Before the game the Royal Rooters and their tireless band marched to their reserve seats on "Duffy's Cliff". From there they worked from start to finish, rooting hard for the Braves and after the game they marched across the field with ex-Mayor Fitzgerald and Congressman James Gallivan in the lead, giving three cheers to the Athletics players. The field was crowded with people who were soon drawn to the dugout where Mayor Curley made brief speech and introduced Manager Stallings, President Gaffney, and other members of the Braves, including Rabbit Maranville.

After the game Connie Mack said that the Boston team had played better baseball in the series than any he has ever faced in the postseason. He wished to congratulate the Boston players on their wonderful performance.

In Brooklyn, New York, on Montgomery Street, Red Smith, the injured Braves thirdbaseman got the word of the victory in his apartment, which overlooks Ebbets Field. He got out of St. Mary's Hospital about two hours before the game began today and a neighbor across the street worked the telephones during the game and kept him informed of every play. When the last out was made Red informed his wife that they were going out for a walk and no protesting would have done any good. He made slow but steady progress to the nearest drugstore and from there, telephoned two telegrams. One was sent to manager Stallings and the other two President Gaffney telling them how proud he was to be a member of the Boston Braves.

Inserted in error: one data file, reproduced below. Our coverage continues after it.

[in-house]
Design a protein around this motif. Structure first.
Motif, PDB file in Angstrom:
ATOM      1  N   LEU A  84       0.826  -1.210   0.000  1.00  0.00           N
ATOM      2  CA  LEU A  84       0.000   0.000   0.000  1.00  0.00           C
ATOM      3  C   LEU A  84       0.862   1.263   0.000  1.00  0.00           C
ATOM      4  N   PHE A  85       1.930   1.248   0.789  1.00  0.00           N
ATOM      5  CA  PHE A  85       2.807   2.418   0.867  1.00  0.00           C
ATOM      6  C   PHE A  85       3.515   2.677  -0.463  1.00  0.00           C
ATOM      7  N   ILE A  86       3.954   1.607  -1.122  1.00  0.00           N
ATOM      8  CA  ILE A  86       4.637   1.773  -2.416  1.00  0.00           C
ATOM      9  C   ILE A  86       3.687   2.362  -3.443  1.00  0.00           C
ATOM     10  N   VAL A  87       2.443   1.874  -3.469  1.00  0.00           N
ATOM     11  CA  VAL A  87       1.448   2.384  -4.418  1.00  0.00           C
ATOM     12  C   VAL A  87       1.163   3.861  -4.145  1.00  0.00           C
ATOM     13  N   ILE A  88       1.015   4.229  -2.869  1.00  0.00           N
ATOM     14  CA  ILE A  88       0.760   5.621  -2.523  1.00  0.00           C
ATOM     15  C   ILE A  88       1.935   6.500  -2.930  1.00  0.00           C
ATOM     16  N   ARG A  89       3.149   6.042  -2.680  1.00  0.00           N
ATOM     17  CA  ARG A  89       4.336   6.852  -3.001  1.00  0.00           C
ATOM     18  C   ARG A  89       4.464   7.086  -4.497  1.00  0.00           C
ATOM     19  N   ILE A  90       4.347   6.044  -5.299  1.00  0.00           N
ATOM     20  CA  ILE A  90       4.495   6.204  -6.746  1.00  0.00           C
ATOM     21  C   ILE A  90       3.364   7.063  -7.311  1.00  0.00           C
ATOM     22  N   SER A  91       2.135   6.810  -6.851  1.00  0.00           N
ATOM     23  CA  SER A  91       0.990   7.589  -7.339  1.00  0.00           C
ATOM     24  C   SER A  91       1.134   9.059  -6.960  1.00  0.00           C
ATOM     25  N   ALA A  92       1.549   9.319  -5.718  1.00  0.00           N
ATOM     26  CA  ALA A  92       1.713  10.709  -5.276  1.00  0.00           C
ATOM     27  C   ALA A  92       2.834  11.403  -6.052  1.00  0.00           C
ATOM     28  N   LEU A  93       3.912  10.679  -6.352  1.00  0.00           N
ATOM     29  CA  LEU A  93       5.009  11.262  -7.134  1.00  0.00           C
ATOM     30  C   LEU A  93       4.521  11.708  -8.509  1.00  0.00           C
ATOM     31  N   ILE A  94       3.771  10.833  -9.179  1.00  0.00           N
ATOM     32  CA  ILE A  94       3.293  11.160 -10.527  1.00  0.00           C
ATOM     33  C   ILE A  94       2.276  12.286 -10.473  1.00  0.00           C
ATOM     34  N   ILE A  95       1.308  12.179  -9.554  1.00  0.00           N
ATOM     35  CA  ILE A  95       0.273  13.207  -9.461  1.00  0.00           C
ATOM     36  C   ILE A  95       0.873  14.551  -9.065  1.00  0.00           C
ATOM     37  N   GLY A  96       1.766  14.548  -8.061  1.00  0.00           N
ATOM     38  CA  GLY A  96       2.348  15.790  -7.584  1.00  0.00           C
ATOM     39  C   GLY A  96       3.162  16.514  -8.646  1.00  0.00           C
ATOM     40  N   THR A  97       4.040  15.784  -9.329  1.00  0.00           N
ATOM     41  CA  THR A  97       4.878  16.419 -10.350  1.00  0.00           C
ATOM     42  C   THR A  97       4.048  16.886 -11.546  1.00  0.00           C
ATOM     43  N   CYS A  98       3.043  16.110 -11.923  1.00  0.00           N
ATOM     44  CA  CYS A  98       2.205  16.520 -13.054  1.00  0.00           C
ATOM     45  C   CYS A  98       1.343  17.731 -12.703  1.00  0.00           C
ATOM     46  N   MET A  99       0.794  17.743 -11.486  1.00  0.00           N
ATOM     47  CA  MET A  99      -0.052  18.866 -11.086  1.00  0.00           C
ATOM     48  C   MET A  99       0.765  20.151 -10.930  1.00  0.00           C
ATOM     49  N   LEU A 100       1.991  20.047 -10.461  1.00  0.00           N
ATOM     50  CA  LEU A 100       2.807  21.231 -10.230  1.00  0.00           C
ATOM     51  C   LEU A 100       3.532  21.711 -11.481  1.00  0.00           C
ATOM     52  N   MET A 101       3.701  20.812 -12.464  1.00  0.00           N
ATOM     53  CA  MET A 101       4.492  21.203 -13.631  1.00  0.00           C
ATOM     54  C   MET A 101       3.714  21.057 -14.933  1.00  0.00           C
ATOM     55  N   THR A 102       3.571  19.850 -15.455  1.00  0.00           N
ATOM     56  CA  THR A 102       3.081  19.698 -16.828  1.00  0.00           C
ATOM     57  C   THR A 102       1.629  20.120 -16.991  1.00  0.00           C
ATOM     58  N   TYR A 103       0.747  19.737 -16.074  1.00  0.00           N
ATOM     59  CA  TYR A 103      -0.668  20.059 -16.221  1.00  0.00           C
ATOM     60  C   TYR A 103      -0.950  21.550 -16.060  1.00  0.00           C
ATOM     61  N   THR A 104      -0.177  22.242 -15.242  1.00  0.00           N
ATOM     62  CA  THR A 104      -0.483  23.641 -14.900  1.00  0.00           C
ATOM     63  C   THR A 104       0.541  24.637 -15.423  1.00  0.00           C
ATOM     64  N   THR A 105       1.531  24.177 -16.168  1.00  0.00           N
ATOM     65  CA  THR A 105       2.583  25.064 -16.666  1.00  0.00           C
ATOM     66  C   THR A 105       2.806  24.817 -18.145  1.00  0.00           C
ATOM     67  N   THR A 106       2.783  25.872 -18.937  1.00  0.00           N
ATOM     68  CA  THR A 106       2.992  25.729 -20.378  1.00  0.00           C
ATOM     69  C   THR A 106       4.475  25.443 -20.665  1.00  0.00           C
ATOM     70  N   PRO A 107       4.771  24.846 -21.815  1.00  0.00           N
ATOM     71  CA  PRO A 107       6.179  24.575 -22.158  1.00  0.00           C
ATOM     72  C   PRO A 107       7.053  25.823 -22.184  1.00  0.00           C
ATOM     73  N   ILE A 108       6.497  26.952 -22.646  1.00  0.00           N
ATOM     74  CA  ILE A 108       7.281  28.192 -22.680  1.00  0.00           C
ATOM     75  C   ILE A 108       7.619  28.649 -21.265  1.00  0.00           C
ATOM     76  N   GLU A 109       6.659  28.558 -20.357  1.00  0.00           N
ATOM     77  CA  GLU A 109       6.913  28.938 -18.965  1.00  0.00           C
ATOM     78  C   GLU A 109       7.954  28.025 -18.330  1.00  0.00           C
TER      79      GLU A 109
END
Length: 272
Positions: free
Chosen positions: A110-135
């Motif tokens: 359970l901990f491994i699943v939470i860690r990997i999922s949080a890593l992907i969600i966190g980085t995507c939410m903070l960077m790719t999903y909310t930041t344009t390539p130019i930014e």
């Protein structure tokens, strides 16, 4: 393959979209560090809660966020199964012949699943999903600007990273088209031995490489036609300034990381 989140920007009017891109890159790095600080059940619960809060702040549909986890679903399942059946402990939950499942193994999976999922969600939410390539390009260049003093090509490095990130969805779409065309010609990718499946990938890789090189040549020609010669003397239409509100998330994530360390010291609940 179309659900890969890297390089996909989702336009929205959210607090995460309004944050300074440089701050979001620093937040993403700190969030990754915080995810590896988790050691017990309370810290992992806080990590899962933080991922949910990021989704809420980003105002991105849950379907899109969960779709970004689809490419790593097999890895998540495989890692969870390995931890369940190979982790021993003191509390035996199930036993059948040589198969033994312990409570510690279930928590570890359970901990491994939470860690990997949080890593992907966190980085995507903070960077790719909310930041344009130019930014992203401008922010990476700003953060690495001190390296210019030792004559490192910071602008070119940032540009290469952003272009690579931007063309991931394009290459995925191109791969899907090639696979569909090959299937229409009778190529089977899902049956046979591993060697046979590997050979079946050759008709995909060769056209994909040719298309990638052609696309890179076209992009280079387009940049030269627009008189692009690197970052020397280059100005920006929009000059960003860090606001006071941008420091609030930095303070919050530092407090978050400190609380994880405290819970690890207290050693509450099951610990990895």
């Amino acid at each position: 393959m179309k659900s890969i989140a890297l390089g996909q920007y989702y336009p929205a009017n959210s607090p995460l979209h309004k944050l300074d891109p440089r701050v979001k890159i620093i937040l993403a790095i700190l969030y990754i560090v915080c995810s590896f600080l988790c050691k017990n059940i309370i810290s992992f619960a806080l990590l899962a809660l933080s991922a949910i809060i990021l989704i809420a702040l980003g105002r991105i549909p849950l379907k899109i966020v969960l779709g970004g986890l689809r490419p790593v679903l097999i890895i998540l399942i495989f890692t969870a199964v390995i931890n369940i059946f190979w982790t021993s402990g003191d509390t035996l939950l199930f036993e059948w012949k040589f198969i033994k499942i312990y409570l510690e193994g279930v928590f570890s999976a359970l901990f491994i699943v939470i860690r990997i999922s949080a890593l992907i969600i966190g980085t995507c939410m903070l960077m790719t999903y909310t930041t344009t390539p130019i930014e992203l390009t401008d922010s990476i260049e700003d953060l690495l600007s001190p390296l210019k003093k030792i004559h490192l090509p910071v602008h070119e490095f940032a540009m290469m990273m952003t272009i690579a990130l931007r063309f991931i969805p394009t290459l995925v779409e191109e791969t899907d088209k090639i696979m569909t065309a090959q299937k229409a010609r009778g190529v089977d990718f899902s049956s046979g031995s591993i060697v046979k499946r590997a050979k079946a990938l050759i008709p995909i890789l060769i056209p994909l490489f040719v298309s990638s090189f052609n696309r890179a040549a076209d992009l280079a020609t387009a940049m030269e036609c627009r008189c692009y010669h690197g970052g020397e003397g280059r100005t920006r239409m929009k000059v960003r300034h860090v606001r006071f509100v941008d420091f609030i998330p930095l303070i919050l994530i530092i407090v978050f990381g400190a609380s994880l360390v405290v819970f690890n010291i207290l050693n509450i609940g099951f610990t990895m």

The Braves are not only the World Champions but they also made a new baseball record, for no other team has won a World Series in four straight victories. In 1884 the Providence Greys of the National League defeated the New York Metropolitans of the American Association in three straight games. In 1892 when the National League had 12 clubs, and the Boston Beaneaters played off with the Cleveland Spiders for the championship, Boston won five straight games after the first game resulted in a 0 to 0 tie after 11 innings. In the Chicago Cubs and Detroit Tigers World Series of 1907, the first game was a 3 to 3 tie in 13 innings and then the Cubs won four straight games.



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1914 WORLD SERIES

 

 

Boston Braves

4 Games

 

 

Philadelphia Athletics

0 Games

 

 
 

FENWAY PARK

 

P

C

WORLD SERIES, GAME #4

1

2

3

4

5

6

7

8

9

10

 

R

H

E

 
     

PHILADELPHIA ATHLETICS

0

0

0

0

1

0

0

0

0

   

1

7

0

 
     

BOSTON BRAVES

0

0

0

1

2

0

0

0

x

   

3

6

0

 

 

W-Dick Rudolph (2-0)
L-Bob Shawkey (0-1)
Attendance - 34,365

2B-Shawkey (Phil), Walsh (Phil), Moran (Bost)

 

 

 

 

 

 

 

 

ATHLETICS

 

AB

R

H

 

 

Eddie Murphy

rf

4 0 0  

 

Rube Oldring

lf

4 0 1  

 

Eddie Collins

2b

4 0 1  

 

Frank Baker

3b

4 0 1  

 

Stuffy McInnis

1b

4 0 1  

 

Jimmy Walsh

cf

2 0 1  

 

Jack Barry

ss

3 1 1  

 

Wally Schang

c

3 0 0  
 

Bob Shawkey

p

2 0 1  
 

Herb Pennock

p

1 0 0  
             
    IP H ER SO  
 

Bob Shawkey

5 4 2 0  
 

Herb Pennock

3 2 0 3  

 

 

 

 

 

             

 

BRAVES

 

AB

R

H

 

 

Herbie Moran rf 4 1 1  

 

Johnny Evers 2b 3 1 1  

 

Joe Connolly lf 2 0 0  

 

Les Mann ph/lf 2 0 0  

 

Possum Whitted cf 3 0 2  

 

Butch Schmidt 1b 4 0 1  

 

Hank Gowdy c 2 0 0  

 

Rabbit Maranville ss 3 0 0  

 

Charlie Deal 3b 3 0 0  

 

Dick Rudolph

p

2 1 1  
             
    IP H ER SO  
 

Dick Rudolph

9 7 1 7